Detection Testing ensures that detections will behave as expected and will generate alerts once deployed and running. Testing also promotes reliability over time as code evolves and protects against regressions.
Testing works by defining a "test" input to be used as the event for the detection and expecting whether or not an alert would be generated. A Detection can have zero or many test cases and it's recommended to have at least two (one false positive and one true positive).
Tests can be defined either in the Panther Console or programmatically with the Panther Analysis Tool.
Keeping with the previous example (in Rules), let's write two tests for this detection:
def rule(event):
return event.get('status') == 200 and 'admin-panel' in event.get('request')
def title(event):
return f"Successful admin panel login detected from {event.get('remoteAddr')}"
def dedup(event):
return event.get('remoteAddr')
Name: Successful admin-panel Logins
Test event should trigger an alert: Yes
"httpReferer": "https://domain1.com/?p=1",
"httpUserAgent": "Chrome/80.0.3987.132 Safari/537.36",
"remoteAddr": "",
"request": "GET /admin-panel/ HTTP/1.1",
"status": 200,
"time": "2019-02-06 00:00:38 +0000 UTC"
Name: Errored requests to the access-policy page
Test event should trigger an alert: No
"httpReferer": "https://domain1.com/?p=1",
"httpUserAgent": "Chrome/80.0.3987.132 Safari/537.36",
"remoteAddr": "",
"request": "GET /access-policy/ HTTP/1.1",
"status": 500,
"time": "2019-02-06 00:00:38 +0000 UTC"
Use as many combinations as you would like to ensure the highest reliability with your detections.


Panther's testing framework also allows for basic Python call mocking.
When writing a detection that requires an external API call, mocks can be utilized to mimic the server response in the unit tests without having to actually execute an API call.
Mocks are defined by a given Mock Name and Return Value which respectively denote the name of the object to patch and the string to be returned when the patched object is invoked.
Added mocks are defined on the unit test level allowing users to define different mocks for each unit test. The section to add mocks to a unit test is located directly underneath the unit test resource definition:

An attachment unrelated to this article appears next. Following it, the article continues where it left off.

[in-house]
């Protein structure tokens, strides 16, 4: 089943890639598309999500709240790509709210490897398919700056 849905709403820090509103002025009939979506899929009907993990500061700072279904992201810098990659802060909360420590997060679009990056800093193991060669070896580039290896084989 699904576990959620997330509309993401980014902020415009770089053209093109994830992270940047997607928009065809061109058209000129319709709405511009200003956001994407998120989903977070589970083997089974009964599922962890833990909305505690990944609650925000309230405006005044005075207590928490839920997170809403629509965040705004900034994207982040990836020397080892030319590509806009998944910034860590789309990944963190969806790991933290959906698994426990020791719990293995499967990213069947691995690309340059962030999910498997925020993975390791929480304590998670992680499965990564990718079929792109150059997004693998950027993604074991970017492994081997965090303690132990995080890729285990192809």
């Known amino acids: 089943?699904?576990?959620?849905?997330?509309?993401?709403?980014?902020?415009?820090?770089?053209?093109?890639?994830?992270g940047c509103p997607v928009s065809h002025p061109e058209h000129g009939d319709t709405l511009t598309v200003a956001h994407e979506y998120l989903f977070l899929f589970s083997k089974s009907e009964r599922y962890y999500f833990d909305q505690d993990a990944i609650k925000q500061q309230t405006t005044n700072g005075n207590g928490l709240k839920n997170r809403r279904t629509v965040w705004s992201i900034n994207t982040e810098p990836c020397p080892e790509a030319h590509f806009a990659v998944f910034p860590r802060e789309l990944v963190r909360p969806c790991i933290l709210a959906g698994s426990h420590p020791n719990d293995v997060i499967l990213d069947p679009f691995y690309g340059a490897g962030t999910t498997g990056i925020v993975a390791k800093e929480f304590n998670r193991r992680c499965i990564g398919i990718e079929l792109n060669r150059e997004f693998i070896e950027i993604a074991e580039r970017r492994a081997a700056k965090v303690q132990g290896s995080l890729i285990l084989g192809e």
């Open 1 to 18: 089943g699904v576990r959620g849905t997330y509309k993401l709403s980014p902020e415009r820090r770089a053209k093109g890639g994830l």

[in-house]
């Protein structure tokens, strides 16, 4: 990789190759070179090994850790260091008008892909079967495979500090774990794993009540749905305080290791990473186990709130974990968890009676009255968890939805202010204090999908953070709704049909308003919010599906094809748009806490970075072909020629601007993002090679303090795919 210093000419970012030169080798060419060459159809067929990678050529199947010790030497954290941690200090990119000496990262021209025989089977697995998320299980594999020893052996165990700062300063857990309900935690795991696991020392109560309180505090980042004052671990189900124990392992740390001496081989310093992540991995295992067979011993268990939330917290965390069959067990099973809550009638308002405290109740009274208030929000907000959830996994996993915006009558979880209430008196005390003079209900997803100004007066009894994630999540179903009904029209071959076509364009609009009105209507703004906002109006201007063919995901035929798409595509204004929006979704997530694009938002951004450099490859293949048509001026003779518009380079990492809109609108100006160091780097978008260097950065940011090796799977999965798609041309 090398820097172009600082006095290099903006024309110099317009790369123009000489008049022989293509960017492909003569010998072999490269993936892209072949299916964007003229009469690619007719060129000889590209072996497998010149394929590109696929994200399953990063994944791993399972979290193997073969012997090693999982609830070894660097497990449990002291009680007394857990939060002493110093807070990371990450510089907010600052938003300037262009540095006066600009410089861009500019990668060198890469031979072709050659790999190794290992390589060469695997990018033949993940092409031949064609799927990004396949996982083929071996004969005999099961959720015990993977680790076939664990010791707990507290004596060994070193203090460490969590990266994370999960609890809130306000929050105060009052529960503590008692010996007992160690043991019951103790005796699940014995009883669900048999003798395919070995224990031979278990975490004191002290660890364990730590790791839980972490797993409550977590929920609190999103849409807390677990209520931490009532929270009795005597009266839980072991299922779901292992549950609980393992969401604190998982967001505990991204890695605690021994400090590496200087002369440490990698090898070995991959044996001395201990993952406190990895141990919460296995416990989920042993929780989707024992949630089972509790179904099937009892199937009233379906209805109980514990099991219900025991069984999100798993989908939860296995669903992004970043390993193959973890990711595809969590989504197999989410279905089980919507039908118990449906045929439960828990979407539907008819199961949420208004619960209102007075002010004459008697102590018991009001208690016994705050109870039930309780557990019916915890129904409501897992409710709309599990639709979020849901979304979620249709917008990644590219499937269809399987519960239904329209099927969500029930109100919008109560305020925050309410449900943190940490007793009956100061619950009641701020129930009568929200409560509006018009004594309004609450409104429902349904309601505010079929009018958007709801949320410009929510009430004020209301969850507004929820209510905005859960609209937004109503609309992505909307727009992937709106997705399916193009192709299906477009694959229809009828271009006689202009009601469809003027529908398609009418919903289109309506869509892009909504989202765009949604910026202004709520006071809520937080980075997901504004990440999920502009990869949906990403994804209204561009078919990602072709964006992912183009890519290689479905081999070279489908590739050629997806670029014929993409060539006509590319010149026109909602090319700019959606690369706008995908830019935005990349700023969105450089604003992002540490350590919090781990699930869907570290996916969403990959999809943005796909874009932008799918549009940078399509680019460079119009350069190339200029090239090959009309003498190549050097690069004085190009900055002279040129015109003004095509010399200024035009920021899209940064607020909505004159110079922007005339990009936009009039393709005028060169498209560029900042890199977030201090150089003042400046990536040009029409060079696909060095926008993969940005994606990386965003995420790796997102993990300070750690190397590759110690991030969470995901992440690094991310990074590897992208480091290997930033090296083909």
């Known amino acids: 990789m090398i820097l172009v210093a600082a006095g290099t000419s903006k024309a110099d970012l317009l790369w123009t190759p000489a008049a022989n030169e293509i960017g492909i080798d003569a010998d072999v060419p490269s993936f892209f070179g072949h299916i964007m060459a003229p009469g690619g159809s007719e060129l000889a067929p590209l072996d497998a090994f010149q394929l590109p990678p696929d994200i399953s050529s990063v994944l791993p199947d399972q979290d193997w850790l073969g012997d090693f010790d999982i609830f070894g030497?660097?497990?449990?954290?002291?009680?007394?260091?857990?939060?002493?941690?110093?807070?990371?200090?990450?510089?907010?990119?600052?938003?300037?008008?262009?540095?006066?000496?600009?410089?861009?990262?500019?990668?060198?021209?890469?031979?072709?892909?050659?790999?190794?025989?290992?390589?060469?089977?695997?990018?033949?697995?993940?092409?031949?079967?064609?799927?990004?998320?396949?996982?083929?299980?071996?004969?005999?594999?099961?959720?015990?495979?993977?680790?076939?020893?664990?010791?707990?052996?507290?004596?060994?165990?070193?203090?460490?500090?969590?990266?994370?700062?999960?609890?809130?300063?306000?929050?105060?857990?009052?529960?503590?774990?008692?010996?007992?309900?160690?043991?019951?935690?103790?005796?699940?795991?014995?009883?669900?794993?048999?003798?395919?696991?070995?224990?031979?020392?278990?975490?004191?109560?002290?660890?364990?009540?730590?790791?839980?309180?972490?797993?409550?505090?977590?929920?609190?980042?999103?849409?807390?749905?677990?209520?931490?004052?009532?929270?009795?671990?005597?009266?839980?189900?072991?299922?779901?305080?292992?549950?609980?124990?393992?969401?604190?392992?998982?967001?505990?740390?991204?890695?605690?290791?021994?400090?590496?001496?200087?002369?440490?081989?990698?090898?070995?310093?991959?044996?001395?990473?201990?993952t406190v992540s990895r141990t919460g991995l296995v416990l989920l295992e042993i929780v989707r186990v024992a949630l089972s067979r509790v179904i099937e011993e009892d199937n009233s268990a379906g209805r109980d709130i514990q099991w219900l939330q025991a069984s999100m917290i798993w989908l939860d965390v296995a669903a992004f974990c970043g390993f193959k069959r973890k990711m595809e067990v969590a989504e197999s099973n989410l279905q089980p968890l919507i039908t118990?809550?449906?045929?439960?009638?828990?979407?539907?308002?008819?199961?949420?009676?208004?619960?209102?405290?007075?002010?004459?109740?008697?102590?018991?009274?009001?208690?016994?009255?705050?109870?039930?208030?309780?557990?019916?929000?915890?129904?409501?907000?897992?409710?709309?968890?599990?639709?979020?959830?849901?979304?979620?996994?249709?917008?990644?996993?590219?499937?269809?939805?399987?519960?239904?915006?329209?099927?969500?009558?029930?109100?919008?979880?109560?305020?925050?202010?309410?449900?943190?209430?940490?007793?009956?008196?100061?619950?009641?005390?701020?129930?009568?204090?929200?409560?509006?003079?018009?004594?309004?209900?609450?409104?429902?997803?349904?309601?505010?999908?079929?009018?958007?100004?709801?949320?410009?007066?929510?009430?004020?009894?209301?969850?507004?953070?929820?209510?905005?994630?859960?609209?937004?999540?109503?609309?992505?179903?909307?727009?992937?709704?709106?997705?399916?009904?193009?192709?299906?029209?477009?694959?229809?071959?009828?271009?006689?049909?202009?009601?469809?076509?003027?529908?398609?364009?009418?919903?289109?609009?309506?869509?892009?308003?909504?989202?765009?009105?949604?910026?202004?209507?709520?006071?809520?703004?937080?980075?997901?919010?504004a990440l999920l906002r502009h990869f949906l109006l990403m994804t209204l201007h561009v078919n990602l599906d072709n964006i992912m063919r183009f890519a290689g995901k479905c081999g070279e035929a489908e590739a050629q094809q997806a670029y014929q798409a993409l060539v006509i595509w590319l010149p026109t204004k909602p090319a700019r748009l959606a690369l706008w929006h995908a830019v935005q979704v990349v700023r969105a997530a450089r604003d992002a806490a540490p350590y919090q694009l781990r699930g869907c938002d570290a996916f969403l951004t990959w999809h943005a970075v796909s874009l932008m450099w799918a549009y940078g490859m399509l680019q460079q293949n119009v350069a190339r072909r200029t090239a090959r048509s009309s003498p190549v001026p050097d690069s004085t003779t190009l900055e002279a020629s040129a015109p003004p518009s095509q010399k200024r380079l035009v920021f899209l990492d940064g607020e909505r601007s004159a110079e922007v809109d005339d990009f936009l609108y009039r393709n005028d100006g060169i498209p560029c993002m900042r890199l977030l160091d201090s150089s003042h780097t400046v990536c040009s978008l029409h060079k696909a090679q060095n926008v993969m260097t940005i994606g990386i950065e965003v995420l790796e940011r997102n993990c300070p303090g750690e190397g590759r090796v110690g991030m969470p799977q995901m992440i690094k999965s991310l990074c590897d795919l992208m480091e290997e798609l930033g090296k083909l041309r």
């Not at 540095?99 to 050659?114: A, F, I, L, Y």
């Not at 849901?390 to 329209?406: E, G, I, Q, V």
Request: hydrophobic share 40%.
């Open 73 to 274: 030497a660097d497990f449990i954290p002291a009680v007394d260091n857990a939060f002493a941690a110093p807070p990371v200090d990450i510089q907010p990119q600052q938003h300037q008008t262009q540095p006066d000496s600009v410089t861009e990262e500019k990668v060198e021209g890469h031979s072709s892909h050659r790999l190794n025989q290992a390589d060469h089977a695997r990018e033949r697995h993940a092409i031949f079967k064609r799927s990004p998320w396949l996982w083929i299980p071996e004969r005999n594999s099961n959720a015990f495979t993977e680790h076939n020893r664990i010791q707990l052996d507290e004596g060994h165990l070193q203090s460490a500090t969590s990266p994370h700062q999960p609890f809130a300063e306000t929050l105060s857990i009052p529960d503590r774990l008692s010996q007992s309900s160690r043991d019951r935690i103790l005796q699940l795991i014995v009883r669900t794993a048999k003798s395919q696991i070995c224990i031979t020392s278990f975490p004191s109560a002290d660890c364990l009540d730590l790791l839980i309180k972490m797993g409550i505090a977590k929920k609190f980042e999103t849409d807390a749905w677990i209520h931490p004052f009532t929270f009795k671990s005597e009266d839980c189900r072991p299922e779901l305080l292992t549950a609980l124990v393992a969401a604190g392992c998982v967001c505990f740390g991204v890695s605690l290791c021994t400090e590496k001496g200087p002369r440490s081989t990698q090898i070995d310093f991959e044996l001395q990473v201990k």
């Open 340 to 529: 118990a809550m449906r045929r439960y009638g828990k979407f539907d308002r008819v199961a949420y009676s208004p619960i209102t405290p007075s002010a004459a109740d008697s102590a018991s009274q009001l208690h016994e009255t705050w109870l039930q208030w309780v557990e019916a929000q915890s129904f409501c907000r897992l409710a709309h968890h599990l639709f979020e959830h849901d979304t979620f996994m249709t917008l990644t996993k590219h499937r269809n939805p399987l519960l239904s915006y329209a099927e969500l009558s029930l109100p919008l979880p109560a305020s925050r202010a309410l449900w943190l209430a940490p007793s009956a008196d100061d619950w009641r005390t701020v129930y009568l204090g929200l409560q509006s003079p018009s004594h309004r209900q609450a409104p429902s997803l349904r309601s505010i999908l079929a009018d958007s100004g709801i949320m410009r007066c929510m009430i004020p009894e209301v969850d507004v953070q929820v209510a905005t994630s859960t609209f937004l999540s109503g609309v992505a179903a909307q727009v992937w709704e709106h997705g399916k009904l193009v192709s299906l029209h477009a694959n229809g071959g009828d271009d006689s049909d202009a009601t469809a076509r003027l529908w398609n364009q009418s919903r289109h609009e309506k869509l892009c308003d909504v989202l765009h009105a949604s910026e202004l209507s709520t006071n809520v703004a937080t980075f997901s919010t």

Mocks are allowed on the global and built-in python namespaces, this includes:
  1. 1.
    Imported Modules and Functions
  2. 2.
    Global Variables
  3. 3.
    Built-in Python Functions
  4. 4.
    User-Defined Functions
Python provides two distinct forms of importing, which can be mocked as such:
  • import package
    • Mock Name: package
  • from package import module
    • Mock Name: module
This example is based on the AWS Config Global Resources detection.
The detection utilizes a global helper function resource_lookup from panther_oss_helpers which queries the resources-api and returns the resource attributes. However, the unit test should be able to be performed without any external API calls.
Example Data Without Mocking
This test fails as there is no corresponding resource mapping to the generic example data.

Diving Into the Detection

# --- Snipped ---
from panther_oss_helpers import resource_lookup
# --- Snipped ---
def policy(resource):
# --- Snipped ---
for recorder_name in resource.get("Recorders", []):
recorder = resource_lookup(recorder_name)
resource_records_global_resources = bool(
deep_get(recorder, "RecordingGroup", "IncludeGlobalResourceTypes")
and deep_get(recorder, "Status", "Recording")
if resource_records_global_resources:
return True
return False
# --- Snipped ---
The detection uses the from panther_oss_helpers import resource_lookup convention which means the mock should be defined for the resource_lookup function.
Mocks provide a way to leverage real world data to test the detection logic.
Used Return Value:
{ "AccountId": "012345678910", "Name": "Default", "RecordingGroup": { "AllSupported": true, "IncludeGlobalResourceTypes": true, "ResourceTypes": null }, "Region": "us-east-1", "ResourceId": "012345678910:us-east-1:AWS.Config.Recorder", "ResourceType": "AWS.Config.Recorder", "RoleARN": "arn:aws:iam::012345678910:role/PantherAWSConfig", "Status": { "LastErrorCode": null, "LastErrorMessage": null, "LastStartTime": "2018-10-05T22:45:01.838Z", "LastStatus": "SUCCESS", "LastStatusChangeTime": "2021-05-28T17:45:14.916Z", "LastStopTime": null, "Name": "Default", "Recording": true }, "Tags": null, "TimeCreated": null }
Missing Mock Case
While this resource should be compliant, the unit test fails. Detections that do not expect a string to be returned requires a small tweak for mocks.
In order to get this unit test working as expected, the following modifications need to be made:
# --- Snipped ---
import json
# Another option is to use: from ast import literal_eval
# --- Snipped ---
def policy(resource):
# --- Snipped ---
recorder = resource_lookup(recorder_name)
if isinstance(recorder, str):
recorder = json.loads(recorder)
# --- Snipped ---
Once this modification is added, you can now test the detection logic with real data!
Successful Unit Test Mock

Mocks from the CLI

Unit test mocking is also supported with CLI based workflows for writing detections. For details on adding unit test mocks to a CLI based detection, see the unit test mocking section of the Panther Analysis Tool docs.

Enrich Test Data

If you have Lookup Table(s) configured and created a detection to leverage them, click Enrich Test Data in the upper right side of the JSON event editor to ensure that p_enrichment is populated correctly.
This example is based on the Account Metadata Lookup Table scenario.